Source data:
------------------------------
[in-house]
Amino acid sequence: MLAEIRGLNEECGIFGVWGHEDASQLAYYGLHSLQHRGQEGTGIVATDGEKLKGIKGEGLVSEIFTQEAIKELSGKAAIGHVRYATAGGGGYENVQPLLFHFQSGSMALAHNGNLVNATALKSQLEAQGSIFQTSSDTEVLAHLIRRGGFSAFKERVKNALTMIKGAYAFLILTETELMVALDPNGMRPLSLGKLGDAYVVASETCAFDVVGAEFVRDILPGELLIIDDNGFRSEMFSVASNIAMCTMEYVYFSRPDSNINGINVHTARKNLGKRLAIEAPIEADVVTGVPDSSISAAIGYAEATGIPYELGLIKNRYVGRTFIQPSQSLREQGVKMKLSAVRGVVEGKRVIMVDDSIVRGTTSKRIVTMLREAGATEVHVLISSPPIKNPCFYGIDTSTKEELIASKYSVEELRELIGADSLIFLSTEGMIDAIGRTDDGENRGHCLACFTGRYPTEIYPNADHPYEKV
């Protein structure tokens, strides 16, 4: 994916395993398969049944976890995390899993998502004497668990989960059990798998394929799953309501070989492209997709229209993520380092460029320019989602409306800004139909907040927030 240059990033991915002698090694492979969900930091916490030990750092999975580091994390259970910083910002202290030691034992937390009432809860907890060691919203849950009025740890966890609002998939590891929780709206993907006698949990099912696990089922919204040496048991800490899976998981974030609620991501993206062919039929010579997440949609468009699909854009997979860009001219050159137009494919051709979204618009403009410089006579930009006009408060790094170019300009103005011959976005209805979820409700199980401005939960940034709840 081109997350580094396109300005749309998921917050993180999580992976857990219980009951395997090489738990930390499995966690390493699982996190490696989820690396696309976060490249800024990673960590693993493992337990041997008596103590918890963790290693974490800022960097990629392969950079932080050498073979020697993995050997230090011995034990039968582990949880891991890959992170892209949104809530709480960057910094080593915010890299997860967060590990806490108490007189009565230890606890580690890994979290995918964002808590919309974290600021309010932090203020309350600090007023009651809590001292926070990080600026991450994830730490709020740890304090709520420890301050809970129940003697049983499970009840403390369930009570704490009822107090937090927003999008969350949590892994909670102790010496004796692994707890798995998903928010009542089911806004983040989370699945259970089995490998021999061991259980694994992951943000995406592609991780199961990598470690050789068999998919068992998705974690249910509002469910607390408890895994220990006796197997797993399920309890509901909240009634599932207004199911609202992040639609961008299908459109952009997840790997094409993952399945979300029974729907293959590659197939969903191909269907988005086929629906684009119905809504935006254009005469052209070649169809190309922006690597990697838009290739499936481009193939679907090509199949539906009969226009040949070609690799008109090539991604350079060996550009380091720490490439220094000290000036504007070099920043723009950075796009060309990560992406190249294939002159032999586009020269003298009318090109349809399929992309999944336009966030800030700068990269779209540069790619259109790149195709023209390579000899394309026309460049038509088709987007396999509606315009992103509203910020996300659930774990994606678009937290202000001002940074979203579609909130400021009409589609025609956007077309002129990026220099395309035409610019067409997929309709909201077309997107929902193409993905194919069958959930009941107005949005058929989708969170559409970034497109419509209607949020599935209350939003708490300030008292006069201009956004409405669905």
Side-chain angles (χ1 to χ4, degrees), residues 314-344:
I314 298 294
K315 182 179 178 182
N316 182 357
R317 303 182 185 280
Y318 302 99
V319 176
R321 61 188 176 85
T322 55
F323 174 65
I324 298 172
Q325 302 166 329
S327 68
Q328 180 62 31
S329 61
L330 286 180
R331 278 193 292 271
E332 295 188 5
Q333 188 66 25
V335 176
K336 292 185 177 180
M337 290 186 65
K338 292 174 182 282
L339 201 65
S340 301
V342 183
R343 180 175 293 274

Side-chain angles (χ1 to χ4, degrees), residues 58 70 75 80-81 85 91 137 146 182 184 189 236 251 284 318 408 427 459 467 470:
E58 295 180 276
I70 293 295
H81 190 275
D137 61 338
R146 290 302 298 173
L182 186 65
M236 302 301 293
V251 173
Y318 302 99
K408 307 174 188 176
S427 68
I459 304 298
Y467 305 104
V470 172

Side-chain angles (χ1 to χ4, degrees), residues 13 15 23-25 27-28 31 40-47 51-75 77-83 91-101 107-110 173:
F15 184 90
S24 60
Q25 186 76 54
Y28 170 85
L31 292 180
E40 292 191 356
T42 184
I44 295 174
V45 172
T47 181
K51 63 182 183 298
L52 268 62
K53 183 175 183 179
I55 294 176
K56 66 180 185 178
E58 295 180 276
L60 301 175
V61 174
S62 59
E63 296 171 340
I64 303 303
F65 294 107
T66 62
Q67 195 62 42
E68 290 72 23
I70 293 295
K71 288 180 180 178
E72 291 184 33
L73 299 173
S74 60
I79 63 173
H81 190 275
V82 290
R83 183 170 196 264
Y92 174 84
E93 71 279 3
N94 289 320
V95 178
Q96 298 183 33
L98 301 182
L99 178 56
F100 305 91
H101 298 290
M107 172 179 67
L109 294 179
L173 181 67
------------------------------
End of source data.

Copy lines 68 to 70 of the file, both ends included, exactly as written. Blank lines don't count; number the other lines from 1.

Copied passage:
F65 294 107
T66 62
Q67 195 62 42